Author Sam Kean spent years researching and collecting the stories behind the construction of the periodic table, from the discovery of elements by both great and almost unknown scientists, to the arrangement of the table – attributed first and foremost to Dmitri Mendeleev (never heard of him) – and the future of the table, those unknown potential elements that are slowly being 'discovered' as scientists find ways to manufacture elements.

This is a wonderfully engaging book. Kean has a wonderful humour and humanism in his writing. His pages are riddled with stories of betrayal, poisoning, jealousies and pettiness and above all, obsession. The single-minded obsession of generations of scientists to unlock out understanding of the very building blocks of our universe. 
In school we restricted ourselves to some 10 or 15 most obvious or common elements. The rest of the table was, to me at least, a nonsensical mess of initials like Cm, Sg and W (that’s curium, seaborgium and tungsten, by the way). The Disappearing Spoon opens up the table, exposing the noble gases, poisons and big-money-elements and is proof, if ever proof was needed, that history is genuinely fascinating, not matter how dull you might think the subject is. For instance, I didn’t know that the Japanese bombed Godzilla with Cadmium, or that the rare element ruthenium tipped the Parker 51 pen – commonly perceived by pen-connoisseurs as the-pen-of-pens – or that here is an element you can ingest that will permanently turn your skin blue. If my chem teacher had taught me that stuff I might have been less interested in discussing Carrie's latest failed relationship.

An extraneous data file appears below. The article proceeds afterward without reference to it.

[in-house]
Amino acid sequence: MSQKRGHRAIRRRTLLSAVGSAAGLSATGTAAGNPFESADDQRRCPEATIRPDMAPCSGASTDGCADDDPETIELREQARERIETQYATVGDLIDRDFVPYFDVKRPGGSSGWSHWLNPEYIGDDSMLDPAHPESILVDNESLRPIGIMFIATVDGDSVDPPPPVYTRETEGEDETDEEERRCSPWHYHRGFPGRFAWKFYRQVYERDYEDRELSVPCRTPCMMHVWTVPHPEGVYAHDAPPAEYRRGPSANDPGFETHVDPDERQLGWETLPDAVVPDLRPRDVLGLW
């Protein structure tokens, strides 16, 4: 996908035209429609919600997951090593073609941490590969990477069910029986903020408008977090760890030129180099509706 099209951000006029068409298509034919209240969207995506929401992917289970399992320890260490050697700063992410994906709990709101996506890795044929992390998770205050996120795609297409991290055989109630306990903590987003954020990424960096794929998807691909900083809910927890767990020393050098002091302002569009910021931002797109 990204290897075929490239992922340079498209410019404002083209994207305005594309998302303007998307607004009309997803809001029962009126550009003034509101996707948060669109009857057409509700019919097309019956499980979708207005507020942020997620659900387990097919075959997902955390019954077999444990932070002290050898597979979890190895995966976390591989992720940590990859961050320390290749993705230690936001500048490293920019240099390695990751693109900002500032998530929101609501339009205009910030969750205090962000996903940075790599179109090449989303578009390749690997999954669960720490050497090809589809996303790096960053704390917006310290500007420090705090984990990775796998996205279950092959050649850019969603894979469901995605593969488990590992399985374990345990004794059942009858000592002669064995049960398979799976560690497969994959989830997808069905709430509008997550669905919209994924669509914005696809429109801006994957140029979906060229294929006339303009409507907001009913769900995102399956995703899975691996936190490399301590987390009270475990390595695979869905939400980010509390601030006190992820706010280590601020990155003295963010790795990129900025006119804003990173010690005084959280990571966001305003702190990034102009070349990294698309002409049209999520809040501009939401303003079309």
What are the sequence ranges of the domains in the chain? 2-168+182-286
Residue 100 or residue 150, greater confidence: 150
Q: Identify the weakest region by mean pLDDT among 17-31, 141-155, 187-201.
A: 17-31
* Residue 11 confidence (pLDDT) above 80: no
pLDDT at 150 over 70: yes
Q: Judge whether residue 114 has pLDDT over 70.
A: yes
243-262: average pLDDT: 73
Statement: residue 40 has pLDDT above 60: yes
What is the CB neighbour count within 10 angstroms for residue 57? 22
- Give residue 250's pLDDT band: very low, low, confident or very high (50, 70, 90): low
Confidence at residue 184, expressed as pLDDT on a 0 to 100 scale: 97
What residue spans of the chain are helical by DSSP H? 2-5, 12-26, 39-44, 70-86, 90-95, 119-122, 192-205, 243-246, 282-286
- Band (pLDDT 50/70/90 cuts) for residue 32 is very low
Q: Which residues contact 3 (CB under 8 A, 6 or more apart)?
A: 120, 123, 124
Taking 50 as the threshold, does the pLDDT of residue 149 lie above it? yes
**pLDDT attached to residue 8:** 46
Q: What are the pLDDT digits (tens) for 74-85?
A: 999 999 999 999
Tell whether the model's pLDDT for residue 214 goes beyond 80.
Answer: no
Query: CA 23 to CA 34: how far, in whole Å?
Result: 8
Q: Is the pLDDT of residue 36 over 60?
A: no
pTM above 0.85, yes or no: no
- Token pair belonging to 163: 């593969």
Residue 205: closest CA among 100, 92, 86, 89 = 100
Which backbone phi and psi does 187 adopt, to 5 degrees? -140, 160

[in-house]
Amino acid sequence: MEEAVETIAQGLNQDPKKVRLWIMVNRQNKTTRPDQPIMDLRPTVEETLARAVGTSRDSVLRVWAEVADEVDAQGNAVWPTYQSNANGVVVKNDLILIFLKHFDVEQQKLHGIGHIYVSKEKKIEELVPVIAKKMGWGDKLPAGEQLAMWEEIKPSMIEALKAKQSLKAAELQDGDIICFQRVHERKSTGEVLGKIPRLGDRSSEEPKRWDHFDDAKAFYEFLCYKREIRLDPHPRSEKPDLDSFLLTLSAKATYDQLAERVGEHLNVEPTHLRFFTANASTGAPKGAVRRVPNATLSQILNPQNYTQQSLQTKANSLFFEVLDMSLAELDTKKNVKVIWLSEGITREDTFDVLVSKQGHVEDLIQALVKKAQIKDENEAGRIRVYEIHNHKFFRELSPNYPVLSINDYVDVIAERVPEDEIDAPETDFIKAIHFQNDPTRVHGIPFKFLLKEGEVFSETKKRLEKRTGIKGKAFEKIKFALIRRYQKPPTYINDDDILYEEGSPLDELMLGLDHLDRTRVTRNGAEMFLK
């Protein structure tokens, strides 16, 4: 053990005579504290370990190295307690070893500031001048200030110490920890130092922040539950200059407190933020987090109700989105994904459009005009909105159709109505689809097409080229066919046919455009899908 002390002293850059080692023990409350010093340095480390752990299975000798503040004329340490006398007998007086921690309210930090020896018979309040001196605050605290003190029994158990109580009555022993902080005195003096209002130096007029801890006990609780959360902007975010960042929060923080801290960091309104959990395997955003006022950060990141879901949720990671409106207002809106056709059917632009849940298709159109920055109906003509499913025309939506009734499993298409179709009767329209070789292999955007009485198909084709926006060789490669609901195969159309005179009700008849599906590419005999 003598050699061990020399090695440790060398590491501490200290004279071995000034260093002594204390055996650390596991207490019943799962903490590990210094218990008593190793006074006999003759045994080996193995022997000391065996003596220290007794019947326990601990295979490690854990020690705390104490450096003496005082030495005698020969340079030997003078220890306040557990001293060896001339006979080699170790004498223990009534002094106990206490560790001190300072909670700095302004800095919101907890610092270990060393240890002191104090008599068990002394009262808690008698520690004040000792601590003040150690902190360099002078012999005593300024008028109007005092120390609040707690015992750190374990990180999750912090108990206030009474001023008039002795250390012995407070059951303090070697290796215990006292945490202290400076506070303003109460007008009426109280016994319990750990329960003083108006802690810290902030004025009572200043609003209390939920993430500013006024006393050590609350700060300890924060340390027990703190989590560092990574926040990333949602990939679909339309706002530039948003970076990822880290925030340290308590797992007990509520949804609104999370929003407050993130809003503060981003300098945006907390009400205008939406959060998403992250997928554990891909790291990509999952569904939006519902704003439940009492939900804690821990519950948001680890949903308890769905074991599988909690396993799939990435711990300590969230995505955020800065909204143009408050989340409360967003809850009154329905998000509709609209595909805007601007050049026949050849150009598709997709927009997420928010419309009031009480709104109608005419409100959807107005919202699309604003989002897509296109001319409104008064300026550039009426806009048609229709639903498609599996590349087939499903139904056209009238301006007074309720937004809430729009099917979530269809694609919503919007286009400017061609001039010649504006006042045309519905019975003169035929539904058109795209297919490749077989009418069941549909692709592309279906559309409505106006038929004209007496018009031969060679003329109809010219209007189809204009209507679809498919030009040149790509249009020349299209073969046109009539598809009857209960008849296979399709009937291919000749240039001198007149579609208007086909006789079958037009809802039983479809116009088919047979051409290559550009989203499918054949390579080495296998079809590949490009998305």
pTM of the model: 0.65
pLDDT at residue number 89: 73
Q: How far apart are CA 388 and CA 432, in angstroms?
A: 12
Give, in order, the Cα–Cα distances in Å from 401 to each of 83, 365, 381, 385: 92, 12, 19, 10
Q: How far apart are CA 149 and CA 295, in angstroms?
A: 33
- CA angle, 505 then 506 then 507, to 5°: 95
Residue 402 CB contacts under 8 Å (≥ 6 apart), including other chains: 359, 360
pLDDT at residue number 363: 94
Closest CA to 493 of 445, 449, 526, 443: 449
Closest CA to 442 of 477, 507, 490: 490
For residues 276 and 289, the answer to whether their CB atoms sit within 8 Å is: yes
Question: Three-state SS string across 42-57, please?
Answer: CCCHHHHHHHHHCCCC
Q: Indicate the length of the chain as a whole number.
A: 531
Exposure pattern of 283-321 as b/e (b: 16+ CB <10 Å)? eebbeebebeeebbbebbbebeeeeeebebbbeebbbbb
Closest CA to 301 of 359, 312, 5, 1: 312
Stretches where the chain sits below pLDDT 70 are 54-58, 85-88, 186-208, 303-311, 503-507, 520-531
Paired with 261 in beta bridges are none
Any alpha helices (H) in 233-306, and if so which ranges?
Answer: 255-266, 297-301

The Disappearing Spoon is the perfect book for someone like myself, who has an interest in science and the human stories behind our chemical world but does not want to get bogged down in too much actual chemistry or physics. Once Kean starts talking about fundamental constants or measuring time in wavelengths my eyes glazed over a bit and I had to put the book down for a time when my mind was fresh and able to cope. Not that I’m not interested in learning, it’s just that the nature of physics and chemistry, the shells of atoms and so on does my head in. 

However, such lapses into eye-crossing science are rare. For the most part, Keane sticks to the stories of the scientists, their lives and their discoveries while imparting just enough science for comprehension and to broaden the mind a little. 

I suspect a genuine chemist or physicist would loathe this book for the simplifications that make it so readable for the rest of us. However, if you are at all interested in science I would heartily recommend The Disappearing Spoon. Not only is it an excellent read, it is an enjoyable way to learn a little more about the way our world works.